“Towing has to be in your blood to be good at it,” said Wakefield. “The pressure is on to get the job done without any problems, and every incident is different. There are quick decisions you have to make, and you have to work fast and efficiently because road closures are a big deal.”

The variety is what kept Wakefield interested in the work, but is also what has been the biggest challenge.

“You never know what you are getting,” said Wakefield. “One rollover could be easy, the next could be super complicated. You could be out in a blizzard, trudging through ditches or over cliffs, and people are relying on you to get it done quickly. I liked that the job was different every day, but it also added a lot of stress in my life.”

READ ALSO: Orcas spotted close to shore in Esquimalt

One of the episodes was focused around Wakefield and all the work he put in to personalizing his truck.

“I spent over $25,000 of my own money fixing up the company truck and making it nice. I wasn’t just a driver, I lived in my truck basically,” said Wakefield, who didn’t keep the vehicle after leaving his job with Mission Towing. “When I left the company I lost almost all of my money unfortunately. They gave me a little bit, but nothing compared to what I spent on it.”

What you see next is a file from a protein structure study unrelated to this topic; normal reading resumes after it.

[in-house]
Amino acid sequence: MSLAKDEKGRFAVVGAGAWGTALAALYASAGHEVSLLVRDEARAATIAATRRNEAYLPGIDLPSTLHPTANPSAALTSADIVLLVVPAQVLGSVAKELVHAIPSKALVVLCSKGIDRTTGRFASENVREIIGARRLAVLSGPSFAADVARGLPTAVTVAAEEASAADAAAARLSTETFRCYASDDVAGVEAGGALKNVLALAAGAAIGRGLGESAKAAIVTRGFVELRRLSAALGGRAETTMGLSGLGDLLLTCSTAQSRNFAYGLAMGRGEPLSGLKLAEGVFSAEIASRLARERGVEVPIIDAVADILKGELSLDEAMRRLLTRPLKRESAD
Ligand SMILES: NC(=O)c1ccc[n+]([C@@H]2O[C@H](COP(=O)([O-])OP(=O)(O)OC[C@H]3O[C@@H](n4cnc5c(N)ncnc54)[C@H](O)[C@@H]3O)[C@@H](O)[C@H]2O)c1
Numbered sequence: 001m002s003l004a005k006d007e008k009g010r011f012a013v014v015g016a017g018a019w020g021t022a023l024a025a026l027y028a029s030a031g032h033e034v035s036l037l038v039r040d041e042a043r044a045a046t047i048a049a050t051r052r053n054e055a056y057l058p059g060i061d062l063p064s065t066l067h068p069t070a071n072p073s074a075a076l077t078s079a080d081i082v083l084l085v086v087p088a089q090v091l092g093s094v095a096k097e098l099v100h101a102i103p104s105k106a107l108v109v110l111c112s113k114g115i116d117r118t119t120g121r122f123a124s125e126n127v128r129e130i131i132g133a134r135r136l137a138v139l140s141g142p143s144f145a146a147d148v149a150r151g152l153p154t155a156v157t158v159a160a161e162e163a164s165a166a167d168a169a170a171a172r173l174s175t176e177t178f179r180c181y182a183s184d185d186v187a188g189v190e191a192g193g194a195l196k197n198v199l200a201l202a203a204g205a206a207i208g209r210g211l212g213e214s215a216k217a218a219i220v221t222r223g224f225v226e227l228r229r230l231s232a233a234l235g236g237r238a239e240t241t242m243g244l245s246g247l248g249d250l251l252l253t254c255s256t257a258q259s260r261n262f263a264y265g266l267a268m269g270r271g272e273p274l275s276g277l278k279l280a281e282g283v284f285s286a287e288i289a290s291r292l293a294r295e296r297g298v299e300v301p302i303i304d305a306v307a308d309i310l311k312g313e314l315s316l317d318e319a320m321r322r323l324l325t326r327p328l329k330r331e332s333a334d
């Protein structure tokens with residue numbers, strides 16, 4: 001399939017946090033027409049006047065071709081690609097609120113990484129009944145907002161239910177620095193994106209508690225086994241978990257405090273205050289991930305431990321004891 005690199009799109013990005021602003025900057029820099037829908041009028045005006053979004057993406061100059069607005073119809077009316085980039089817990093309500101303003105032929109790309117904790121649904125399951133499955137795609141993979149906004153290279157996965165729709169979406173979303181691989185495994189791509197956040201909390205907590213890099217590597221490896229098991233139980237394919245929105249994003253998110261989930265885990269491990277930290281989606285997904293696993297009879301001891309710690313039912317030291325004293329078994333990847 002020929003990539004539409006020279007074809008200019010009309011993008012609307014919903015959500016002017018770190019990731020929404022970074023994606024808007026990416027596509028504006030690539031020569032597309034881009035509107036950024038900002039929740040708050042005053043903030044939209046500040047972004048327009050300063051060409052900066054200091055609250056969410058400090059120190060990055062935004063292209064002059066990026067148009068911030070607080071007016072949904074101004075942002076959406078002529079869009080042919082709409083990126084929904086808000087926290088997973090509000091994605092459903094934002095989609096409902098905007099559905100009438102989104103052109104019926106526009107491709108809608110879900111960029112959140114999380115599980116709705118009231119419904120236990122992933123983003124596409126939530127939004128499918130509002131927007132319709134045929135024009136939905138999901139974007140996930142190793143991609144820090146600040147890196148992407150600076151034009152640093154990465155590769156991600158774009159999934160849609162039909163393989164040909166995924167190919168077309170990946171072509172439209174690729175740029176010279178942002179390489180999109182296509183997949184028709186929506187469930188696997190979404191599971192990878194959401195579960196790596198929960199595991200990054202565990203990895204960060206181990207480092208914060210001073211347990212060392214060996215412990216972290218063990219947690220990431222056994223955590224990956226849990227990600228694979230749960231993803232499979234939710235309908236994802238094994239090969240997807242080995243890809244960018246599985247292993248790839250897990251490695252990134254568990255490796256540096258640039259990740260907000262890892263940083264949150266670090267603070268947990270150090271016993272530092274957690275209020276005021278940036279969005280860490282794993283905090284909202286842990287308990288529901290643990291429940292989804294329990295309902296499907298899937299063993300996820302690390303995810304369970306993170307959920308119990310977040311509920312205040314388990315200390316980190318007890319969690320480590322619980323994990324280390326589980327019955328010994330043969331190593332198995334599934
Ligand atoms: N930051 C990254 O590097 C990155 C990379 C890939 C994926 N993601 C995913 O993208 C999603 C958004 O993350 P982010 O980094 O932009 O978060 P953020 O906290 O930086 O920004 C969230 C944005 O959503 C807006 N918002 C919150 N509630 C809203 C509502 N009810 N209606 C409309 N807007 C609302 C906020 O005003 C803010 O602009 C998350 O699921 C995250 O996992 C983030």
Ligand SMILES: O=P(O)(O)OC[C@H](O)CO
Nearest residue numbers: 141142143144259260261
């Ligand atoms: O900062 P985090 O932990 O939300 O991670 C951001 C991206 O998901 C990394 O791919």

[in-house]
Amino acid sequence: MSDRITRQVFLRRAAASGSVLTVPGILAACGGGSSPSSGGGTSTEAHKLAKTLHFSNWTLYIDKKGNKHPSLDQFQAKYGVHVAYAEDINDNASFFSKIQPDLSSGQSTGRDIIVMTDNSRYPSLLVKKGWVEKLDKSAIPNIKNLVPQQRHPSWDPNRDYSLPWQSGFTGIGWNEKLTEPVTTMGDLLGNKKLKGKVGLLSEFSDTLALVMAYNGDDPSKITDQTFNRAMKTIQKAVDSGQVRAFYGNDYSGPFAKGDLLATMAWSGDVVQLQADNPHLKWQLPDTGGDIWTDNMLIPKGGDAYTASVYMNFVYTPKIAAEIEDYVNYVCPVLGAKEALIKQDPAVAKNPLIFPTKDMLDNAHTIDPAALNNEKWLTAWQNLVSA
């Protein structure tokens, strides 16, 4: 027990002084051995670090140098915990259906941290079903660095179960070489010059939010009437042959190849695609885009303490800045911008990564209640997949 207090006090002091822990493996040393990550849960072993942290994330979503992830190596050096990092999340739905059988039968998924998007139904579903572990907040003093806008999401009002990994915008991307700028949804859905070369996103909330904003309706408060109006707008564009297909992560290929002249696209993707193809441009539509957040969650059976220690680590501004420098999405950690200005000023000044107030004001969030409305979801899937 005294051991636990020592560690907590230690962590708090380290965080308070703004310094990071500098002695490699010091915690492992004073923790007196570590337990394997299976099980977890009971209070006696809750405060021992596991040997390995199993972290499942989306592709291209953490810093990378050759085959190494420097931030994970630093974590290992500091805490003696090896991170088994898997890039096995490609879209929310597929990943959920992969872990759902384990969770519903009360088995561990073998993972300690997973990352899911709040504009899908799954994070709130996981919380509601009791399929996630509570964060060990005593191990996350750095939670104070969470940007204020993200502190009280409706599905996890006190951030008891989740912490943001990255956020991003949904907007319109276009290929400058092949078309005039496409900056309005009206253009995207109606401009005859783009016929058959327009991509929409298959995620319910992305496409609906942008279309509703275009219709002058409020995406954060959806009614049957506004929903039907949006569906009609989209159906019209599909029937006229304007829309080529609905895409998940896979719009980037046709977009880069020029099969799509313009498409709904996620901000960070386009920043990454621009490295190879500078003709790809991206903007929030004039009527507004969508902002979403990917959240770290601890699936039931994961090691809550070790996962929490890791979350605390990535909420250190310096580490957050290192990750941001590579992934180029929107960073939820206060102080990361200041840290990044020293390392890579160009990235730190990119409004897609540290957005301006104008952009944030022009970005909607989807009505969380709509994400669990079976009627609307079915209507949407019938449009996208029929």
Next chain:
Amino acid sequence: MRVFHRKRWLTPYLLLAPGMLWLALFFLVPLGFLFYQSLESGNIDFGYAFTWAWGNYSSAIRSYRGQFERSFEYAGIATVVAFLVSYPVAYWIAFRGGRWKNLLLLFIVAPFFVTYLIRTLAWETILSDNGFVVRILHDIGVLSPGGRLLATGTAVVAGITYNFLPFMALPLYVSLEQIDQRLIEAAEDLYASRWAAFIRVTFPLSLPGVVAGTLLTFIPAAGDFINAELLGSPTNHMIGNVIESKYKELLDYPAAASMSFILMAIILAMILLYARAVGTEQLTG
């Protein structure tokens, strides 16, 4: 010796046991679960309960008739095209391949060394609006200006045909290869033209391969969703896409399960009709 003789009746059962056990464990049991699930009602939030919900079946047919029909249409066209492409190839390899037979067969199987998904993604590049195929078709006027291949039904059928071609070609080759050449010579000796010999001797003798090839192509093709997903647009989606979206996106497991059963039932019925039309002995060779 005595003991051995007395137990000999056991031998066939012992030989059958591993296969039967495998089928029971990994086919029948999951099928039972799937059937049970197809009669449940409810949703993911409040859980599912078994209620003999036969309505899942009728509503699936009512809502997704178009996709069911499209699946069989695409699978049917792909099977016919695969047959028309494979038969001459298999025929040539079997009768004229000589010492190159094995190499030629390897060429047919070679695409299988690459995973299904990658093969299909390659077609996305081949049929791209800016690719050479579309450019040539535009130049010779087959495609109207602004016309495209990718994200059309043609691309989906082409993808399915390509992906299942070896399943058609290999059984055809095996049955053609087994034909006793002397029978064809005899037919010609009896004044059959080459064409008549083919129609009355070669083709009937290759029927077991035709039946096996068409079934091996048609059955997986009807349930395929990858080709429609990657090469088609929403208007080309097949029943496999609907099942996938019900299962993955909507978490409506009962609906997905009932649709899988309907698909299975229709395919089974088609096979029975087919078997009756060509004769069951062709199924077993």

Wakefield said he left Mission Towing after the company building burned down. He has worked in both the towing and long-hall businesses since leaving Mission Towing and the TV show. Since moving to Langford, he and Tiffany have both been working for West Shore Towing. However, Wakefield is currently taking a break from business, and is considering changing his line of work.

“I’m hoping to get a job with more regularity, something more laid back,” said Wakefield. “It may be time for me to be done with towing for good. It’s hard work, and it’s a younger man’s game.”

For more news from Vancouver Island and beyond delivered daily into your inbox, please click here.


Do you have a story tip? Email: vnc.editorial@blackpress.ca.

Follow us on Twitter and Instagram, and like us on Facebook.

Get local stories you won't find anywhere else right to your inbox.
Sign up here